Exxon, Royal Dutch Shell Settle FTC Charges

For Release

The Federal Trade Commission has reached a settlement agreement with Royal Dutch Shell and Exxon over charges that their proposed joint venture to develop, manufacture, and sell viscosity index improver -- an essential motor oil additive -- would reduce competition and violate federal antitrust laws. To settle the FTC charges, Exxon would sell its viscosity index improver business to a Commission-approved buyer prior to consummation of the joint venture and within 6 months.

On July 10, 1996, Exxon and Shell announced they would form a joint venture to develop, manufacture and sell their fuel and lubricants additives, including viscosity index improvers. Viscosity index improvers, also known as viscosity modifiers, are added to motor oil to assure that it has the high viscosity required to protect auto engines at high temperatures and the low viscosity required to operate engines when they are cold. Together, Exxon and Shell account for more than one-half of the sales of viscosity index improver in North America.

According to the FTC complaint, the proposed joint venture would increase the likelihood that Exxon/Shell and the few remaining firms in the market would collude rather than compete in the manufacture and marketing of viscosity index improver. The complaint also alleges that entry by a new competitor would not be "timely, likely or sufficient" to offset the competition lost to the joint venture.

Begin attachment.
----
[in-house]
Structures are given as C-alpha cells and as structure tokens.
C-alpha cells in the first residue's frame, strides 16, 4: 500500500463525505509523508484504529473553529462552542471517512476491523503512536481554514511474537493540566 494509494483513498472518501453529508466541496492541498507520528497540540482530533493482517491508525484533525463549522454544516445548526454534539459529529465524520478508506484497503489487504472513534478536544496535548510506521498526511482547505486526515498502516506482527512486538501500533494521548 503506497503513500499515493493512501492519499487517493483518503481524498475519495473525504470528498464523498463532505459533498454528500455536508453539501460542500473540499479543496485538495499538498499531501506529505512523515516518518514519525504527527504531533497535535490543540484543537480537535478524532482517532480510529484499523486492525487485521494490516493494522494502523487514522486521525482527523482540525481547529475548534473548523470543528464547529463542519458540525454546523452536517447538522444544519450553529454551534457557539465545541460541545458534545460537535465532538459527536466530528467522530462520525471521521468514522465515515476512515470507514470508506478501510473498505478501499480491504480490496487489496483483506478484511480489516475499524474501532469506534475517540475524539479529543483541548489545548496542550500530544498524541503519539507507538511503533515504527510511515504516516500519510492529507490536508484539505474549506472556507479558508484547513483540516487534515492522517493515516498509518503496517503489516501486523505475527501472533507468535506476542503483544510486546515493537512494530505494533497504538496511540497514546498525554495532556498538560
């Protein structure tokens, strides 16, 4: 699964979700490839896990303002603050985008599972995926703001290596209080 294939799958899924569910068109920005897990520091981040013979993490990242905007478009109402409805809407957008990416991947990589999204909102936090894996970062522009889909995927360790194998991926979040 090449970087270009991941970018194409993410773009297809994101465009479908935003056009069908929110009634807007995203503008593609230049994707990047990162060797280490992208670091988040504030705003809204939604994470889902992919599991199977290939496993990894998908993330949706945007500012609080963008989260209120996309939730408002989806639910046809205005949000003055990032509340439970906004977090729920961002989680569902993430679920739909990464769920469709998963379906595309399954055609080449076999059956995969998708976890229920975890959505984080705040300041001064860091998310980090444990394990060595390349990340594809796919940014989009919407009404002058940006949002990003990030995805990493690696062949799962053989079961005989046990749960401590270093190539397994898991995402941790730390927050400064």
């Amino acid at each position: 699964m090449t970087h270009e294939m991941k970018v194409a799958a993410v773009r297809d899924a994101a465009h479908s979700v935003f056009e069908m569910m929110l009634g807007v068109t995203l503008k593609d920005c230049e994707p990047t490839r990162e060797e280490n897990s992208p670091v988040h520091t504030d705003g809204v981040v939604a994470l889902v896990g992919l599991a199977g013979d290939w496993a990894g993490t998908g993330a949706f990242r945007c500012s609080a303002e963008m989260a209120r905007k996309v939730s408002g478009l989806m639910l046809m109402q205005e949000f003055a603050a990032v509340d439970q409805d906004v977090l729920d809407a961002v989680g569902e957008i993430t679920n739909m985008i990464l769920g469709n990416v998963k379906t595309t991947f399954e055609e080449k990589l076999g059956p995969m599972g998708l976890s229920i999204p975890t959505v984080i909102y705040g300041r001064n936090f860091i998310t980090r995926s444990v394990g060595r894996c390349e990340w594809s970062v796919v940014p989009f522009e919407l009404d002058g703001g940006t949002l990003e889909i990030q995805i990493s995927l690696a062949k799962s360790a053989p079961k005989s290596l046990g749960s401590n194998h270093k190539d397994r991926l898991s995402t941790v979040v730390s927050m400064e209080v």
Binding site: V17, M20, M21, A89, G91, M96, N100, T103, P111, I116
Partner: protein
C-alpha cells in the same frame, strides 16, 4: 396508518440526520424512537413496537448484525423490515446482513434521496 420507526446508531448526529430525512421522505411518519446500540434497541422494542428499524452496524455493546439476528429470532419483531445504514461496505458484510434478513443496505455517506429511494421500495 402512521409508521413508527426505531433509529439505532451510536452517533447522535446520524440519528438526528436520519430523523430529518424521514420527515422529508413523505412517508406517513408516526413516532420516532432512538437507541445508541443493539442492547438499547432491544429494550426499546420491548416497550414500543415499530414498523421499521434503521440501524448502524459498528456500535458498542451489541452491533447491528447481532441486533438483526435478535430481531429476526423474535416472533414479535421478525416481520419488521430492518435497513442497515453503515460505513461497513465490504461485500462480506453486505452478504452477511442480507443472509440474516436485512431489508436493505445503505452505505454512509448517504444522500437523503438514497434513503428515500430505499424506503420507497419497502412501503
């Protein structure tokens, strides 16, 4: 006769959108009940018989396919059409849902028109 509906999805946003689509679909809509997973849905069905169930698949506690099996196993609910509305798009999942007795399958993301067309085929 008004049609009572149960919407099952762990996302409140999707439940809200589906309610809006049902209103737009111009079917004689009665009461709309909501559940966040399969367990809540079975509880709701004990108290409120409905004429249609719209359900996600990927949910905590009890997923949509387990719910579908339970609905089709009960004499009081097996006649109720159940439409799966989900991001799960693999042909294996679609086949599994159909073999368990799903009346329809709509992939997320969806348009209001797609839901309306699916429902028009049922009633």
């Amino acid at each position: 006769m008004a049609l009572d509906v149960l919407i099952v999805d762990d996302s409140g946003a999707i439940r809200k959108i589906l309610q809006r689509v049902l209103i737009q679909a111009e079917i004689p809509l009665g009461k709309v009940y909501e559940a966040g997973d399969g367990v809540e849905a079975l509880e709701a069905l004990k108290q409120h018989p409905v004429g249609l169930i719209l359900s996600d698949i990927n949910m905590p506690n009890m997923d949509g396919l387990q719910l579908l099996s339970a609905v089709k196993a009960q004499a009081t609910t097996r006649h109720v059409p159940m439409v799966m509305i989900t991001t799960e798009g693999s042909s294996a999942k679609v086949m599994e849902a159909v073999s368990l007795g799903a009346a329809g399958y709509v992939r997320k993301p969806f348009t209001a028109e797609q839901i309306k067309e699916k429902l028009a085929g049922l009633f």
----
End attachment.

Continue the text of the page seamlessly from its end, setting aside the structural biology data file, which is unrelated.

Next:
To settle the FTC charges, Exxon has agreed to sell its viscosity index improver business to Chevron Chemical Company LLC, or another Commission-approved buyer. Chevron's Oronite division is currently in the lubricant additives business and Exxon and Chevron have negotiated a sales agreement for Exxon's viscosity index improver assets and certain synthetic rubber assets required for improver production. The agreement would also prohibit the transfer of competitively sensitive information about Chevron to Shell by Exxon. If the sale to Chevron is not consummated, Exxon will be required to sell not only the assets it had planned to sell to Chevron, but additional assets necessary to enable a non-producer of viscosity index improver to purchase Exxon's assets and manufacture the improver.

The Commission vote to accept the proposed consent agreement was 4-0.

NOTE: A consent agreement is for settlement purposes only and does not constitute an admission of a law violation. When the Commission issues a consent order on a final basis, it carries the force of law with respect to future actions. Each violation of such an order may result in a civil penalty of $11,000.

Copies of the complaint, consent agreement and a free FTC publication, "Promoting Competition, Protecting Consumers: A Plain English Guide To Antitrust Laws," are available from the FTC's web site at http://www.ftc.gov and also from the FTC's Consumer Response Center, Room 130, 6th Street and Pennsylvania Avenue, N.W., Washington, D.C. 20580; 202-FTC-HELP (202-382-4357); TDD for the hearing impaired 1-866-653-4261. Consent agreements subject to public comment also are available by calling 202-326-3627. To find out the latest news as it is announced, call the FTC NewsPhone recording at 202-326-2710.

Media Contact:

(FTC File No. 971 0007)

Contact Information

Claudia Bourne Farrell,
Office of Public Affairs
202-326-2181
Staff Contact:
William J. Baer or Joseph G. Krauss,
Bureau of Competition
202-326-2932 or 202-326-2713